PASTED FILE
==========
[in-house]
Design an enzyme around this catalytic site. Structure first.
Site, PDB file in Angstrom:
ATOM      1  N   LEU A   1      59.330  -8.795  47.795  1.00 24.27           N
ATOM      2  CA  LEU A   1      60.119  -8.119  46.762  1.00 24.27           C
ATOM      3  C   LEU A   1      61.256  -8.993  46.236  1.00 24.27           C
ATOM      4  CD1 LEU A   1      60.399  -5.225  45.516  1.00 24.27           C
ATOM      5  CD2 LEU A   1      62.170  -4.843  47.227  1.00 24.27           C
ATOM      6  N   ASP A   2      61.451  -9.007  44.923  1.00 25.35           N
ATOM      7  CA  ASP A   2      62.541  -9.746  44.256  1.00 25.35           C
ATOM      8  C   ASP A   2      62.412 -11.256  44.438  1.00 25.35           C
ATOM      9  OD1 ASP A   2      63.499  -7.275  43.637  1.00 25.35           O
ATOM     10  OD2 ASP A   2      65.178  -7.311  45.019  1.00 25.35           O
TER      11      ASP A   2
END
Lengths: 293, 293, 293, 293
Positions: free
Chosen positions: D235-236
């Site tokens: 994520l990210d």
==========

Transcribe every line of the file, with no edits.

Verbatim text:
[in-house]
Design an enzyme around this catalytic site. Structure first.
Site, PDB file in Angstrom:
ATOM      1  N   LEU A   1      59.330  -8.795  47.795  1.00 24.27           N
ATOM      2  CA  LEU A   1      60.119  -8.119  46.762  1.00 24.27           C
ATOM      3  C   LEU A   1      61.256  -8.993  46.236  1.00 24.27           C
ATOM      4  CD1 LEU A   1      60.399  -5.225  45.516  1.00 24.27           C
ATOM      5  CD2 LEU A   1      62.170  -4.843  47.227  1.00 24.27           C
ATOM      6  N   ASP A   2      61.451  -9.007  44.923  1.00 25.35           N
ATOM      7  CA  ASP A   2      62.541  -9.746  44.256  1.00 25.35           C
ATOM      8  C   ASP A   2      62.412 -11.256  44.438  1.00 25.35           C
ATOM      9  OD1 ASP A   2      63.499  -7.275  43.637  1.00 25.35           O
ATOM     10  OD2 ASP A   2      65.178  -7.311  45.019  1.00 25.35           O
TER      11      ASP A   2
END
Lengths: 293, 293, 293, 293
Positions: free
Chosen positions: D235-236
């Site tokens: 994520l990210d």